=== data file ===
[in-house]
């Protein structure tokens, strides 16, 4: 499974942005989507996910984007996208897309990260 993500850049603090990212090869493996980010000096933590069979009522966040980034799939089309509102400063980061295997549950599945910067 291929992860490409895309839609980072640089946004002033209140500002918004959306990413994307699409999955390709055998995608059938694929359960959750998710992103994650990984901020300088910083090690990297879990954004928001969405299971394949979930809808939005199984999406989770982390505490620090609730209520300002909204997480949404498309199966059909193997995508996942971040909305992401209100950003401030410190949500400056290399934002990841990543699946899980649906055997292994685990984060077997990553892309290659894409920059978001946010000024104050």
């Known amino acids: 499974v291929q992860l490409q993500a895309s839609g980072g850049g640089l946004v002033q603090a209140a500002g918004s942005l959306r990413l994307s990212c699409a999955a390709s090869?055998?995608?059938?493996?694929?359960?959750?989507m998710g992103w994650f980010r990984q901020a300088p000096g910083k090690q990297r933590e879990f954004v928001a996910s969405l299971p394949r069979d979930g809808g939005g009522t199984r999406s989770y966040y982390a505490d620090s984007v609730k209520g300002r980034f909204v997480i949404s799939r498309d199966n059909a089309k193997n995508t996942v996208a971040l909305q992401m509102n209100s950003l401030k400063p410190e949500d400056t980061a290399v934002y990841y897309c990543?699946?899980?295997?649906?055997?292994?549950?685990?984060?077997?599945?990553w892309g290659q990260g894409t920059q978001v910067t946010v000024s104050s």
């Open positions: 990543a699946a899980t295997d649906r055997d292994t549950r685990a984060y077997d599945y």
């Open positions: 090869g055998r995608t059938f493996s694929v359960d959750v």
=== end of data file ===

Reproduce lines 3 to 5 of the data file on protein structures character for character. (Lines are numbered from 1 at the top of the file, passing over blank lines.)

């Known amino acids: 499974v291929q992860l490409q993500a895309s839609g980072g850049g640089l946004v002033q603090a209140a500002g918004s942005l959306r990413l994307s990212c699409a999955a390709s090869?055998?995608?059938?493996?694929?359960?959750?989507m998710g992103w994650f980010r990984q901020a300088p000096g910083k090690q990297r933590e879990f954004v928001a996910s969405l299971p394949r069979d979930g809808g939005g009522t199984r999406s989770y966040y982390a505490d620090s984007v609730k209520g300002r980034f909204v997480i949404s799939r498309d199966n059909a089309k193997n995508t996942v996208a971040l909305q992401m509102n209100s950003l401030k400063p410190e949500d400056t980061a290399v934002y990841y897309c990543?699946?899980?295997?649906?055997?292994?549950?685990?984060?077997?599945?990553w892309g290659q990260g894409t920059q978001v910067t946010v000024s104050s």
């Open positions: 990543a699946a899980t295997d649906r055997d292994t549950r685990a984060y077997d599945y």
């Open positions: 090869g055998r995608t059938f493996s694929v359960d959750v």